sandyAs the whispers of the Revolutionary War echoed across the colonies, a man named Richard Owings was surrendering to his call. He was the first native-born Methodist local preacher in what was to become the United States of America. In 1776, he officially began a twenty-year career as a local preacher. His ministry started in Baltimore, Maryland, but took him over the Allegheny Mountains into Pennsylvania and Virginia, planting seeds that would become entire circuits on the Circuit Riders’ map.  

His commitment to Methodism was fruitful and extensive, one his family has maintained for over two hundred years. “My family’s connections within the United Methodist Church are deep. It is part of our heritage. I inherited this legacy and I want to continue it,” Sandy Horn said, speaking about her grandmother’s great, great uncle Richard.     

Sandy has perpetuated her family’s legacy of Methodist commitment in many ways throughout her life and recently decided to do more. “I wanted to make a difference to Methodism beyond my local church,” Sandy shared. “I felt like I wanted to give to a bigger cause.”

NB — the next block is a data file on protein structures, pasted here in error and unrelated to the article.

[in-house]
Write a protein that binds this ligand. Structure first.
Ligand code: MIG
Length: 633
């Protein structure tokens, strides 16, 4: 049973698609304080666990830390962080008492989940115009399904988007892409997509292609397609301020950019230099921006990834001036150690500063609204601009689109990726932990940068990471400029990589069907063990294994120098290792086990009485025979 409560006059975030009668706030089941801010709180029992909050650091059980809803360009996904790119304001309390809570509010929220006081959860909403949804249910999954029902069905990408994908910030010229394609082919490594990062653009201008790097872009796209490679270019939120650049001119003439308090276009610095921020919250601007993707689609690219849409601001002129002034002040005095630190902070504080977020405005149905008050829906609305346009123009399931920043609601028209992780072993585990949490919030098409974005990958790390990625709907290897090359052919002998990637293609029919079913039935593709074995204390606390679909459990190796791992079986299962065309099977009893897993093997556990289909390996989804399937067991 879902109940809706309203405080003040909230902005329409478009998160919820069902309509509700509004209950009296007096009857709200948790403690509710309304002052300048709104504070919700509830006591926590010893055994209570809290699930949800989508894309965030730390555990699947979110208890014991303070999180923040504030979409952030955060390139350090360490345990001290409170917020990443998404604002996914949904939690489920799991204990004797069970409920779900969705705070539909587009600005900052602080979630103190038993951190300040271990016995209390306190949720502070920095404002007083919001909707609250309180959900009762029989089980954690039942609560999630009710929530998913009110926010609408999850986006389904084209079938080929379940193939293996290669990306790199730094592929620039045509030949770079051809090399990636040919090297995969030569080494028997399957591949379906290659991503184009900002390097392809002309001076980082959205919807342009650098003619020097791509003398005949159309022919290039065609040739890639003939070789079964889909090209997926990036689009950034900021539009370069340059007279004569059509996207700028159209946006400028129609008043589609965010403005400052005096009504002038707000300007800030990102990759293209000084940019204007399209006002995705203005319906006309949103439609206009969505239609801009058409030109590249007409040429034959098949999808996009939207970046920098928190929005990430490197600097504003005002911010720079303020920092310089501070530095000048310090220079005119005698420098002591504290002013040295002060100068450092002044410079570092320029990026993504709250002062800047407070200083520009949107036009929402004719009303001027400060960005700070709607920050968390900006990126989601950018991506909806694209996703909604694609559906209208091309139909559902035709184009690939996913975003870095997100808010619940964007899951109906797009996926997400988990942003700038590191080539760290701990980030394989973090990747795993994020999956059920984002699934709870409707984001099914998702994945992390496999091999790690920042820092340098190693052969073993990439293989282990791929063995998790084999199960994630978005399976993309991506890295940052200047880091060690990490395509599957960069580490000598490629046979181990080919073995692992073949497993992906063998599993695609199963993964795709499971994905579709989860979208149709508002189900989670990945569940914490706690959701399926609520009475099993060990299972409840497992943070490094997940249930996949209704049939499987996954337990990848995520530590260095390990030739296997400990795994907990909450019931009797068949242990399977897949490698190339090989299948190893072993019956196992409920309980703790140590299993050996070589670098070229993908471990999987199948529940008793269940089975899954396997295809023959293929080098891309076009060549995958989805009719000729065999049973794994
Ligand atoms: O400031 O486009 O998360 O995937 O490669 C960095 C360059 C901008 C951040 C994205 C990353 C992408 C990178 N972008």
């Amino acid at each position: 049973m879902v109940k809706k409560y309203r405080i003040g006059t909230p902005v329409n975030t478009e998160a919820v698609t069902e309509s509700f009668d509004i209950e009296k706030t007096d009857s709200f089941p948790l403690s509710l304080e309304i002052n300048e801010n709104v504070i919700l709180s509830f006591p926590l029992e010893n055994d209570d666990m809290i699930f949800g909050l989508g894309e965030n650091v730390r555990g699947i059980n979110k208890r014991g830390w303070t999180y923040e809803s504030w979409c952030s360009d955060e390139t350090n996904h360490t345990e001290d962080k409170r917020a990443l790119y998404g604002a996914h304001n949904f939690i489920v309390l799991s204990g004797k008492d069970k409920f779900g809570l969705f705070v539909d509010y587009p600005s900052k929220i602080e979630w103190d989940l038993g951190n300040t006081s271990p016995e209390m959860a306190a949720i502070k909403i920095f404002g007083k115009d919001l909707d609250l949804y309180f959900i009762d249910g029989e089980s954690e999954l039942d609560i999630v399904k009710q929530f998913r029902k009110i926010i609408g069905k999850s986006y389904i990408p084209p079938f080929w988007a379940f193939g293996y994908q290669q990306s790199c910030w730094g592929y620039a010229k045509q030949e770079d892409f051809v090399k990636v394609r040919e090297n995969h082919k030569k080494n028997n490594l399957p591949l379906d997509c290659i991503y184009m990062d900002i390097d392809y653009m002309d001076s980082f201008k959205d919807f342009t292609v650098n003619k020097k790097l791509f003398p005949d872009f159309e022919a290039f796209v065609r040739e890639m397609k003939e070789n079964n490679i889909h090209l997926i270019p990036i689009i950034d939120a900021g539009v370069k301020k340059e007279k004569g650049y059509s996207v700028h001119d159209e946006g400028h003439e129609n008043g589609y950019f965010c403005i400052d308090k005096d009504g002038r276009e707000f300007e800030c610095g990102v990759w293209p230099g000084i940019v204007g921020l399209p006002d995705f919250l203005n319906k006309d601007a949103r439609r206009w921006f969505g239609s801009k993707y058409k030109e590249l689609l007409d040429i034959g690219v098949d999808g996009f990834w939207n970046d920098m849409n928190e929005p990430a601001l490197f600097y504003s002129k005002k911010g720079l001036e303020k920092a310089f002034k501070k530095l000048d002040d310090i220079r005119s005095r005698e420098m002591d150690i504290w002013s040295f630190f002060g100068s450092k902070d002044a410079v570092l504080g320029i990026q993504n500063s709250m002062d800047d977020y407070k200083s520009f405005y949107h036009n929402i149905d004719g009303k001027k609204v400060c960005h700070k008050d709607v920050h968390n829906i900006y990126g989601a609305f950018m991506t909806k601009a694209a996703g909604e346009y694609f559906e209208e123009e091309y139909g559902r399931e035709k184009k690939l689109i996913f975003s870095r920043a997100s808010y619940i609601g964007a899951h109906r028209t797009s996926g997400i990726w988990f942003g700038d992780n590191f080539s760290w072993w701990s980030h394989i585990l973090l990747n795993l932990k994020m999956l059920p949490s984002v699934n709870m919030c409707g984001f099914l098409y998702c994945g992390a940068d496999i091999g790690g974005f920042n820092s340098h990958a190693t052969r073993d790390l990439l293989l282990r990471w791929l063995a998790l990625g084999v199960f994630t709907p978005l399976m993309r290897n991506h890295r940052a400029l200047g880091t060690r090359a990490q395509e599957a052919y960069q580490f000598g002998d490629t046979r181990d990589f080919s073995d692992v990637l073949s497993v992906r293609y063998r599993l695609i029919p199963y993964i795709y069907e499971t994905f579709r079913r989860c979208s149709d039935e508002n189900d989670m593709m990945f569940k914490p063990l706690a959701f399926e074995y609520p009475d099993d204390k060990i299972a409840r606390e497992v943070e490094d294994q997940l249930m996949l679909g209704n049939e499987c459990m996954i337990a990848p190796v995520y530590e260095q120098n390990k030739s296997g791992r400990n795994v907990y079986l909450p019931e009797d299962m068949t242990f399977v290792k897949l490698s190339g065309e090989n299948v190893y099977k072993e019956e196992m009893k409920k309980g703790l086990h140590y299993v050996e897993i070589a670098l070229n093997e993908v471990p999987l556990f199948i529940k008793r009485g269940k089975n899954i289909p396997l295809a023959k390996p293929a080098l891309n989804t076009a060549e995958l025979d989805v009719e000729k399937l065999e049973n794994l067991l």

It wasn’t immediately clear how she would accomplish this goal. After attending a Putting Your House in Order workshop, which TMF hosts to encourage people to engage in conversations around family values and generosity, Sandy felt compelled to support the work of TMF as a way to support the larger United Methodist Church. After several conversations with the VP of Foundation Relations, Justin Gould, to discuss her family’s legacy and the philanthropic impact she wanted to make, Sandy made a significant gift of appreciated securities to the COVID-19 Response and Recovery Fund in memory of her brother and in honor of her family. 

Her brother John was a radiologist and a navy man. For the last three years of his life, she cared for her younger brother. To steward the inheritance he left with her, she decided to invest it back into her family’s legacy.    

“I want to live up to this rich history I have been given,” Sandy shared. “I want to leave an example for my children and grandchildren, so they can see how I have stewarded my parents’ and John’s inheritance, so they know it was used for something good. I believe generosity is a lifestyle. It is a way of looking at the world with your eyes opened to all the opportunities you have to connect with people and make a difference.”